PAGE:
This site was researched by Ian Wills and completed in 2003. All information, facts and figures taken from a number of mining books covering the Maryborough area. The index of Wills miners was taken from several mining record books at Maryborough Library and were printed in 1922. Unfortunately no second initials were given or parents names of the miners. Many worked for several different mining companies and their names were repeated. This has been sorted out into alphabetical order. Total of 43 found on record.
The area between Maryborough and Timor was known as Chinamans Flat because of hundreds of chinese diggers that set up camp and dug for gold in the early 1850s. Within the next 15 years it was the area that employed the most miners. Due to it's location and popularity this area had 38 hotels and many stores large and small and one police station and lockup during the peak period of the 1880s. It was a thriving township. Gold in Ballarat was first discovered at Golden Point in August 1851. Some 20,000 diggers swarmed the area within a short time and an armed escort service had been established to transport gold to Melbourne.
Within weeks of the Ballarat discovery gold was then discovered also in Bendigo in November 1851. Thousands moved into the Bendigo area to start digging and hoping to make their fortune. The Central Deborah Gold Mine in Bendigo ceased production in 1954 and contributed greatly to the 595 million grams of gold taken in the area. All other mines in the area had closed by 1920.
Gold was also discovered in nearby Castlemaine in December 1851. This town was first called Mt. Alexander and later named after Viscount Castlemaine. From 1851-1861 an average 7,000 oz of gold was taken to Melbourne weekly. In late December 1851 Chewton was invaded by diggers after a nugget was dug up. In 1852 gold was being discovered around the outer Melbourne area and many other parts of Victoria.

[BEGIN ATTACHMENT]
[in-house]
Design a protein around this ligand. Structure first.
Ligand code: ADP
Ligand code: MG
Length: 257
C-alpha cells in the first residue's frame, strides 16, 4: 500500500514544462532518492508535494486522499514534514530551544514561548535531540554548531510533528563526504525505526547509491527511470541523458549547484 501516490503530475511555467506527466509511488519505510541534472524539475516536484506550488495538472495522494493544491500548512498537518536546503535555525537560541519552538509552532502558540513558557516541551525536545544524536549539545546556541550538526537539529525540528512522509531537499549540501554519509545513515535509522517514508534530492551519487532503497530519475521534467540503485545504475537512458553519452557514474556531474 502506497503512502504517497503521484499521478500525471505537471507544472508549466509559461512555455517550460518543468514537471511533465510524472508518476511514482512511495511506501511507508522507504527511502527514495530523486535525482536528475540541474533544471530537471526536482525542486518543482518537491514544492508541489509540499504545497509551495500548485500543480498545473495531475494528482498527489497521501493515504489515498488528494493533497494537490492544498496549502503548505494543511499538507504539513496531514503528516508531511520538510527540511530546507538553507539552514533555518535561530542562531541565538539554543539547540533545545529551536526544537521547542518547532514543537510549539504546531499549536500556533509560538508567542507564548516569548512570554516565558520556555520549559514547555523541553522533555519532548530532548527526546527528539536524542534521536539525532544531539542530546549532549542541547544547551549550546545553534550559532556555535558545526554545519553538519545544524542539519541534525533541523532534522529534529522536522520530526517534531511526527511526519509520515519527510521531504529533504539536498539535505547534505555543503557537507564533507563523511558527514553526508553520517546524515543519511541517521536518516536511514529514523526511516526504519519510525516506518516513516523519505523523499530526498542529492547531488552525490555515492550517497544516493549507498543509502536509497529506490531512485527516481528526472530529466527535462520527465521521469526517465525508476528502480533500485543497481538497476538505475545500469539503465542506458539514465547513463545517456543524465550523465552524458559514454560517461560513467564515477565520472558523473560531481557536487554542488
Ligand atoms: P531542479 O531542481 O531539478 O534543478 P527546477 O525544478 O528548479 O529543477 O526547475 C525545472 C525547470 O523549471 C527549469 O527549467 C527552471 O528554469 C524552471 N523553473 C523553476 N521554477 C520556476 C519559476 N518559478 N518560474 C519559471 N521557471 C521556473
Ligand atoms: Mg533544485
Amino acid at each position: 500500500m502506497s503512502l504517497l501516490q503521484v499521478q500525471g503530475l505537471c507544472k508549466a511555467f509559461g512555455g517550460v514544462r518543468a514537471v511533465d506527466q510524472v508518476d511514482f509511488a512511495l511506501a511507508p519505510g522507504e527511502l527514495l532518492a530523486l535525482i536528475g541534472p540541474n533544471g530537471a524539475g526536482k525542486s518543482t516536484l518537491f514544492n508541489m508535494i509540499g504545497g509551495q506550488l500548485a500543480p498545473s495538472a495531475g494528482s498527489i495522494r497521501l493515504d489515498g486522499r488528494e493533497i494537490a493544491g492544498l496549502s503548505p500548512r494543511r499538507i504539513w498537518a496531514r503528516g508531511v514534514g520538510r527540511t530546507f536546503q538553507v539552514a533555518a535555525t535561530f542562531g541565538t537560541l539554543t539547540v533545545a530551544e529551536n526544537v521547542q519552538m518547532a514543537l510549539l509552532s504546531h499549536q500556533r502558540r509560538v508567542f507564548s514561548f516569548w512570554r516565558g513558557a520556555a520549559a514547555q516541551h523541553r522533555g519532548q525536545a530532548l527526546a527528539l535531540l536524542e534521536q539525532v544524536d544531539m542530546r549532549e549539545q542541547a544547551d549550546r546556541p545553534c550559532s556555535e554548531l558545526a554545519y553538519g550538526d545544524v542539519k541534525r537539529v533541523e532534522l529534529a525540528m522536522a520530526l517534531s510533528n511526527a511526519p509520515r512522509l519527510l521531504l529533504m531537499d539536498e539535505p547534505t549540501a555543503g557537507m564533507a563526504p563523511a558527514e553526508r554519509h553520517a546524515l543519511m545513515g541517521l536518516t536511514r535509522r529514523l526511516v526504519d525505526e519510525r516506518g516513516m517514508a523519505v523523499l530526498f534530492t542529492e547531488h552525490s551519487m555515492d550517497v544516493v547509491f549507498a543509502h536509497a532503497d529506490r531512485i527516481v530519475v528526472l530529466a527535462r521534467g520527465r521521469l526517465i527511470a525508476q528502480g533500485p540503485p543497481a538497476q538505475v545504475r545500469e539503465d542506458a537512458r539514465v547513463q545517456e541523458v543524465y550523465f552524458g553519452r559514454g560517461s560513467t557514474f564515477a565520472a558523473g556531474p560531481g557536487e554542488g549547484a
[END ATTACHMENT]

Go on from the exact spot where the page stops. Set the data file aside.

In 1854 a digger named Mcmillan first discovered gold at Chinamans flat. There were 500 at the rush when the news was spread. Six months later there were 33,000 hoping to become rich. The area was a total buzz. By the early 1860s mining companies were operating for miles around this area. In 1865 a working day for a miner was a hard and long 10 hours with a return of 30 shillings per week. This wasn't much considering that a pair of boots cost 18 shillings at the time. Several miners at one company refused to work because of low pay. They soon found out that the pay was the same elsewhere so they returned to work.
The "Band of Hope Company" in 1868 recorded the record for the greatest gold yield in one day of 2,832 oz, worth $23,000 then. It was considered that a return of more that 1,500 oz was a rewarding days work for all. In the areas of Maryborough, Timor, Ballarat, Bendigo, Castlemaine and Chewton some 75 companies in total were in operation during the 1880-1890 period and employed some 35,000 men and some women that were forced to work. By this time a days work was 12 long, hard hours for 6 days per week. Sunday was a day for recovering and catching up with the family. Many of the locals took a dislike to the hundreds of chinese that set up camp in the 1850s and took over about half a square mile of Timor. Many had also set up camp along the banks of the Bet Bet Creek. They built shacks , grew vegetables and dug for gold. In the early 1870s there were many reports of torture and robbing them of their gold. The chinese from that point of time were forced out of the area. A great many of them moved on down to Chewton, Gisborne and Melbourne for a new life.
This period of time was an absolute boomer as most companies were returning excellent yields. The largest nugget ever found in Timor was in 1873 and was just over 100 oz. Several others around 50 oz were found in several other places in the area. Bendigo and Ballarat had several nuggets of around 140 oz. Clunes, Maldon and Warrandyte near Melbourne also had some fine nuggets of over 120 oz dug up.